Fabian Socialists are the name of the early political movement called New Age. New Age is still with us and on the cultural change side you will find anti-Semitism and anti-Christian activities? Why? Because they believe to have one world government you need a one world culture and Judaism and Christianity do not fit into what they believe should happen.

J.P. Travis said...

Wow. Well done, Mr. Ross.

Anonymous said...

Google (or bing, etc) "The Wild and Free Pigs of the Okefenokee Swamp"

Anonymous said...

@Sean: "Environment maybe should be first, followed by social concerns, and that can support capitalism."

You have it exactly backwards.

creeper

Anonymous said...

Doug, once again you have penned a masterpiece. While there are times I wish you'd do this more often, the rarity of these posts make them all the more precious.

Thank you.

creeper

A Conservative Teacher said...

Great post Doug. Whenever you go to the founding fathers and start quoting the great philosophers, you tap into a deeper truth. Reagan did it all the time, you've done it now. Good work!

Richard Ong said...

"I like to think of the whole thing as a system of economic checks and balances."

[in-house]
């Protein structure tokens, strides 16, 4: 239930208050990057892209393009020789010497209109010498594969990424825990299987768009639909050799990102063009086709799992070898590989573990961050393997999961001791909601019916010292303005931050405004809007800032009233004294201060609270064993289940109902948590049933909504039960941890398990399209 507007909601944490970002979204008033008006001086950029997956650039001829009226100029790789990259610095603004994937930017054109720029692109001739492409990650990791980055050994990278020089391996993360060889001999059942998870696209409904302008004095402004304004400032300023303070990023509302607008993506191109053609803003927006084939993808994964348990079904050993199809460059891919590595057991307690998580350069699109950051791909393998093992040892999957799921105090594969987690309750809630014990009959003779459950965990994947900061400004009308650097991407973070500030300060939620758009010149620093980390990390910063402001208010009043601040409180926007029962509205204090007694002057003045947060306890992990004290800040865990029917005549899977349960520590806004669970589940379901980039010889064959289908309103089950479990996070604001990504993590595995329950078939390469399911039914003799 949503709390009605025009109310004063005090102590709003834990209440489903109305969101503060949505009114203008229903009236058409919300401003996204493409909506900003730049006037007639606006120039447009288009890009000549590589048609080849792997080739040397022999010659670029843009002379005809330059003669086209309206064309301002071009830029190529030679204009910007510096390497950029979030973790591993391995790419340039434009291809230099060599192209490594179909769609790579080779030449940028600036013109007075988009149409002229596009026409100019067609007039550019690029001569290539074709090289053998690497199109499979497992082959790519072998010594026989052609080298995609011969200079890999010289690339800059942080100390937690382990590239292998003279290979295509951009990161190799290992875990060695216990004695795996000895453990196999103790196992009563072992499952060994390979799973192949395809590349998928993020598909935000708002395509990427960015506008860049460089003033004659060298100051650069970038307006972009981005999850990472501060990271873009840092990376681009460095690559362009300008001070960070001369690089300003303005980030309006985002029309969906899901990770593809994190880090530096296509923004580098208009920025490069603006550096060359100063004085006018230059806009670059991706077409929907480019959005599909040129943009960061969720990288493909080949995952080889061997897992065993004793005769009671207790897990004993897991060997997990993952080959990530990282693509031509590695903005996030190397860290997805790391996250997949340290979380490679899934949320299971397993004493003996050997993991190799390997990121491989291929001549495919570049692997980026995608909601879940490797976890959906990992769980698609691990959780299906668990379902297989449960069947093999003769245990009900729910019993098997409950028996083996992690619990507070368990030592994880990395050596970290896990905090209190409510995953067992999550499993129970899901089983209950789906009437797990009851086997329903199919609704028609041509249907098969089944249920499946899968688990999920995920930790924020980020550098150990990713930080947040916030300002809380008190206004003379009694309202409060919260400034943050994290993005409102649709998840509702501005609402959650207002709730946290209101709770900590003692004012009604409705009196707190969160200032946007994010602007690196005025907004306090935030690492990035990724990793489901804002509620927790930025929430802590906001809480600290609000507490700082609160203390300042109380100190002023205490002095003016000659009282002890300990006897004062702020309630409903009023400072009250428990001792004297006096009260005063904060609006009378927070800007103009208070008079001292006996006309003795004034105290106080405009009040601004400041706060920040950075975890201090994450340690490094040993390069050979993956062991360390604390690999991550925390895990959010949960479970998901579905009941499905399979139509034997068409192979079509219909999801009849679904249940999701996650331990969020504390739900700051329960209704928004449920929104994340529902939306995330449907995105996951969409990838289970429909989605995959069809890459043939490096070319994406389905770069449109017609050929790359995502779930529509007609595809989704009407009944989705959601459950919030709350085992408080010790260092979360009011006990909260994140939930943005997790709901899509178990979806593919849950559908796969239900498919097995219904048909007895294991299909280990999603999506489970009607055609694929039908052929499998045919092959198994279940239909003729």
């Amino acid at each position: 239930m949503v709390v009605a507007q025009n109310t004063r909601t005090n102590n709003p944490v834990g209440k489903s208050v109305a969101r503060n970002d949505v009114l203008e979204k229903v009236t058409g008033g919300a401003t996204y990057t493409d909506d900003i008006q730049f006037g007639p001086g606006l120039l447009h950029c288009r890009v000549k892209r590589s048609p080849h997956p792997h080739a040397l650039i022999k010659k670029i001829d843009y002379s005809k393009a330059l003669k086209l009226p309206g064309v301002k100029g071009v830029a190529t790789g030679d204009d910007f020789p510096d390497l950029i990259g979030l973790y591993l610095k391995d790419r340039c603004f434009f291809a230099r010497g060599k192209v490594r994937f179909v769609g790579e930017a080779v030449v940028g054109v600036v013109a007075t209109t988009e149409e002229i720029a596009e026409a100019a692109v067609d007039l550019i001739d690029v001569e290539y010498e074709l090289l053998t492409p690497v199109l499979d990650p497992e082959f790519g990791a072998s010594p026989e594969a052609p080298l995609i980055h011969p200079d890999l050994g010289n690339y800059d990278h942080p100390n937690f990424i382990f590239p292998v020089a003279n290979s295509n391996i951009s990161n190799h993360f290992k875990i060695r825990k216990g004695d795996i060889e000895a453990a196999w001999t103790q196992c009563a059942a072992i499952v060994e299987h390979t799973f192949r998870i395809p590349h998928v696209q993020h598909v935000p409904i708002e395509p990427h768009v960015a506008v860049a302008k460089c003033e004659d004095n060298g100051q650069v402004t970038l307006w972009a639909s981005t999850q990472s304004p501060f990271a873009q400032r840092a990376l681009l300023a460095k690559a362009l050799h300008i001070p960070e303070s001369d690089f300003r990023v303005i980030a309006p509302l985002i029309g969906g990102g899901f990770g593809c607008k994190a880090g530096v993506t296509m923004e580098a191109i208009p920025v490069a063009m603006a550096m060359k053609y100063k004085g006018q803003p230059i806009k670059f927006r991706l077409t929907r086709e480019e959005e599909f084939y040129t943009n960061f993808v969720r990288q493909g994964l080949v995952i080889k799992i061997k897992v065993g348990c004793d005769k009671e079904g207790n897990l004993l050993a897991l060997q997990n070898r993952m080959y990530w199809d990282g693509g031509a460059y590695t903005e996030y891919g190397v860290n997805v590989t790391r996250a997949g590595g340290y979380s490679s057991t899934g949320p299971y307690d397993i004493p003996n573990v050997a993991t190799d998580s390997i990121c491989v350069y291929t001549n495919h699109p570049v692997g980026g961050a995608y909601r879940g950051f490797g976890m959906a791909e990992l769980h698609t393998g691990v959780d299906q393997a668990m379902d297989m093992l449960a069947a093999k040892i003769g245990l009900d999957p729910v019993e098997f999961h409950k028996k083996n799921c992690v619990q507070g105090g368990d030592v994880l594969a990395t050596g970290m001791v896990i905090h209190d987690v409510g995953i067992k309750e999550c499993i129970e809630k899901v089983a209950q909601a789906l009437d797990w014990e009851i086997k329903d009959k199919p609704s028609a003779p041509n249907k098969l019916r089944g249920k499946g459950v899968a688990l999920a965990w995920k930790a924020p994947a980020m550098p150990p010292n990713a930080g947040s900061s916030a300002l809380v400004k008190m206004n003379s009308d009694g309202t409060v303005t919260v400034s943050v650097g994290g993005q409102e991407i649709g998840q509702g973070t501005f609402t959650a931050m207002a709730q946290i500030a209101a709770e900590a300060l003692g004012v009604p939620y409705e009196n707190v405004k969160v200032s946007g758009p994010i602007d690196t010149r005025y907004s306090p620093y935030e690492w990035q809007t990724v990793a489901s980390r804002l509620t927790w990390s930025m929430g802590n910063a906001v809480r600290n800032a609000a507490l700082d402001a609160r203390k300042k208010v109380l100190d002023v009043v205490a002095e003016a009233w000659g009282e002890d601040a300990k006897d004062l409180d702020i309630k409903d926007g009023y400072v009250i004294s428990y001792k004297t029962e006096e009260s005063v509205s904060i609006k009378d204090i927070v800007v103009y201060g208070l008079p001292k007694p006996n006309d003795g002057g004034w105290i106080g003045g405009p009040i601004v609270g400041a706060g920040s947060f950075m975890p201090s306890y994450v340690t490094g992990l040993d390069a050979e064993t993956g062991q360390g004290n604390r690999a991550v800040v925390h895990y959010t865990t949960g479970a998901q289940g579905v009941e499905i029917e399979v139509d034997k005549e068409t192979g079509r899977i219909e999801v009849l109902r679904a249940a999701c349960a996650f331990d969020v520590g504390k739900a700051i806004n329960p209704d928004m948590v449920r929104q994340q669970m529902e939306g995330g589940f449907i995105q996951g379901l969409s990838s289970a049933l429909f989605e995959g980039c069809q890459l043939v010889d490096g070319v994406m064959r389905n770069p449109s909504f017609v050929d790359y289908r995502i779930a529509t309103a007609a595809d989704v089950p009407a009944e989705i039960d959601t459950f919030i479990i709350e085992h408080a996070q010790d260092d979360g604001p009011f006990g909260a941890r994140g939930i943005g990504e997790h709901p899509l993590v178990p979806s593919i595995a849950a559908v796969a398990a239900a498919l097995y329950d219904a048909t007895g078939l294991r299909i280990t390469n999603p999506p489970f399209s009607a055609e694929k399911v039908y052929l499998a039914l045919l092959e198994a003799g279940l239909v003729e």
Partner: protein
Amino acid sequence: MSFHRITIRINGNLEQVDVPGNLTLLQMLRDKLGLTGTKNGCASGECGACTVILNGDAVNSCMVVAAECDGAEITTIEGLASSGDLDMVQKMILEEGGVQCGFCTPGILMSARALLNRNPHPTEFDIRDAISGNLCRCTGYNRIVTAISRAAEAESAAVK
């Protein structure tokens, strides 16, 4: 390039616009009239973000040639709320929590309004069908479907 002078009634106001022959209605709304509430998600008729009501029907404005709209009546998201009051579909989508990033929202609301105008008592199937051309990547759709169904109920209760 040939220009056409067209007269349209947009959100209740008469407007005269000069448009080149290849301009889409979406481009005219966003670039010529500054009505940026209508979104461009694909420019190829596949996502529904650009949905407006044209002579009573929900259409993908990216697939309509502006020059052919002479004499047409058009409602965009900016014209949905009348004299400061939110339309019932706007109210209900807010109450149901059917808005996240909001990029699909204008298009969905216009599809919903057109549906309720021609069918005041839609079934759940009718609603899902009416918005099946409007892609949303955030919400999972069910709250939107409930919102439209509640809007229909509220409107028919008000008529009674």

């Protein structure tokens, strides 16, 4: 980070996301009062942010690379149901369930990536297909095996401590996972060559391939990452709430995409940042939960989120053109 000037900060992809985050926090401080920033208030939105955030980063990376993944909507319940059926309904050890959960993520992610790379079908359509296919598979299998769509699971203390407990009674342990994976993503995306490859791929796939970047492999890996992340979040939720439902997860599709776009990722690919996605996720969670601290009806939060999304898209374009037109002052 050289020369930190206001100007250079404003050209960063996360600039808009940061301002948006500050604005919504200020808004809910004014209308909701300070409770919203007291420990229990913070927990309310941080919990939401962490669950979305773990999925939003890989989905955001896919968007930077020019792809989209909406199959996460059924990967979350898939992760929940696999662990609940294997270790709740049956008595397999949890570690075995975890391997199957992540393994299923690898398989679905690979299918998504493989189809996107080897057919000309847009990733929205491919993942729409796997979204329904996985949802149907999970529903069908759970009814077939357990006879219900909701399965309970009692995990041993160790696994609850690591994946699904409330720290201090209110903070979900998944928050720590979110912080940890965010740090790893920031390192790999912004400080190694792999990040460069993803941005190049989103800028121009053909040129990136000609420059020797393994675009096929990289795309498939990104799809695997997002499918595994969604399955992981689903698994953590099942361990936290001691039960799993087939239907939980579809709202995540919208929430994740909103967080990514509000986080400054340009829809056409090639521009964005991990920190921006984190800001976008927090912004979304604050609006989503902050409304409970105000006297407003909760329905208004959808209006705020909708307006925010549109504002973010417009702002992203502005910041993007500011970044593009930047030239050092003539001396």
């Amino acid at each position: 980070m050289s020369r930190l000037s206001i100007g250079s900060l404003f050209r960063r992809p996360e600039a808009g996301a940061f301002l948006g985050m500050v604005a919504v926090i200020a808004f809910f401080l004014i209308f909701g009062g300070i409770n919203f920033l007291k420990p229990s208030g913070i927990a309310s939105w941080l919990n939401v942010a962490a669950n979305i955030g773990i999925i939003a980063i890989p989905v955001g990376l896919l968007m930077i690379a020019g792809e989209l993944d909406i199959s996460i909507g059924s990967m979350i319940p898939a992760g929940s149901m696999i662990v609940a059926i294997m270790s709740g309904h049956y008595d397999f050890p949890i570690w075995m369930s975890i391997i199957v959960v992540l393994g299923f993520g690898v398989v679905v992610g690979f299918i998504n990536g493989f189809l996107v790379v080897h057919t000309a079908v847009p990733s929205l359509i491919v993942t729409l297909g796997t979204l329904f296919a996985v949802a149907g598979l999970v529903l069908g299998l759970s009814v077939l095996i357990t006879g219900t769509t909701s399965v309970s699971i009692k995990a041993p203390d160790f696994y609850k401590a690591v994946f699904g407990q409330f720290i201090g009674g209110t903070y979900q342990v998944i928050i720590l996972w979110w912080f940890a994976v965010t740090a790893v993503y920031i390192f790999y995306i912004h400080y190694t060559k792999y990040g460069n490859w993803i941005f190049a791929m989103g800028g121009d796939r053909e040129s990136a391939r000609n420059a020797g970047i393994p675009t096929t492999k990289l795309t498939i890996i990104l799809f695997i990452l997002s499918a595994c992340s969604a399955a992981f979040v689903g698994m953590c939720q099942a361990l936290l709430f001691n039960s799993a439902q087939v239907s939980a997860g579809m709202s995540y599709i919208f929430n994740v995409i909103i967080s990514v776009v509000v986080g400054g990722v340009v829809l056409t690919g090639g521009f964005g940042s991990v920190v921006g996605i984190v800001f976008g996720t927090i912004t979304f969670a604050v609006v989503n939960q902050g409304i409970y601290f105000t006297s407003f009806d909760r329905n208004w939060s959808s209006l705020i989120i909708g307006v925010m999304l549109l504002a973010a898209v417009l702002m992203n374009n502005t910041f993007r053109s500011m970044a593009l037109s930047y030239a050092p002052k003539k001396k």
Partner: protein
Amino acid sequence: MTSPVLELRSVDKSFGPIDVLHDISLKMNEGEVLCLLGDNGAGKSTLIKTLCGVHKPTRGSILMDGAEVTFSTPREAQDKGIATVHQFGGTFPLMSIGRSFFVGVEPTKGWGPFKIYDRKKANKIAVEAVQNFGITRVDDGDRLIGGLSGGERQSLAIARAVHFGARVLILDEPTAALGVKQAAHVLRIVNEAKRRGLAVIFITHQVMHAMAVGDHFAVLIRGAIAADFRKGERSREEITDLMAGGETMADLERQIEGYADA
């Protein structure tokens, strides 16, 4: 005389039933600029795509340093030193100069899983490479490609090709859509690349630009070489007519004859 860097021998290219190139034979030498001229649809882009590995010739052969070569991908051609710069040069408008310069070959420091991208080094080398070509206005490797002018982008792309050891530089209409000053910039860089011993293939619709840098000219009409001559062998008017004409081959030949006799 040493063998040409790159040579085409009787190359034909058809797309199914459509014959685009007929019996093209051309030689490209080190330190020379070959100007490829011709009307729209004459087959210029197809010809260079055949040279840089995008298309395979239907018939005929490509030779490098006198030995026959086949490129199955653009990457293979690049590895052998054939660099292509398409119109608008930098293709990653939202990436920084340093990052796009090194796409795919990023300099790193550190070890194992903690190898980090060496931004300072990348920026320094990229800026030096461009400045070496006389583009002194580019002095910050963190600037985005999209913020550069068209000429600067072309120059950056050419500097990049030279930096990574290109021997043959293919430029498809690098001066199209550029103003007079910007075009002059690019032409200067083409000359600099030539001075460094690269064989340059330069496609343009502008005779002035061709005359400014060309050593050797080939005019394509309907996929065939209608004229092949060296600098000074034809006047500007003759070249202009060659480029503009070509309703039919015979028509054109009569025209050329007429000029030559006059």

Within the context of a Constitution-optional legal structure?

Please.

And the words "cold turkey" appear nowhere in this essay.

ELC said...

With all due respect, the states did not create the federal government. Ratifying conventions, whose delegates were chosen by the electorate, were held in every state, as the constitutional convention had advised. So, the federal government was a creation of the sovereign people, not the states.

Anonymous said...

Governing has to start somewhere - Raise your right hand and state after me to take an oath of allegiance to this country, not an oath of office. 'Office' is just a job. Allegiance to something is an obligation requiring more than just a job. Allegiance to the flag and country of the USA means all of the Constitution as written.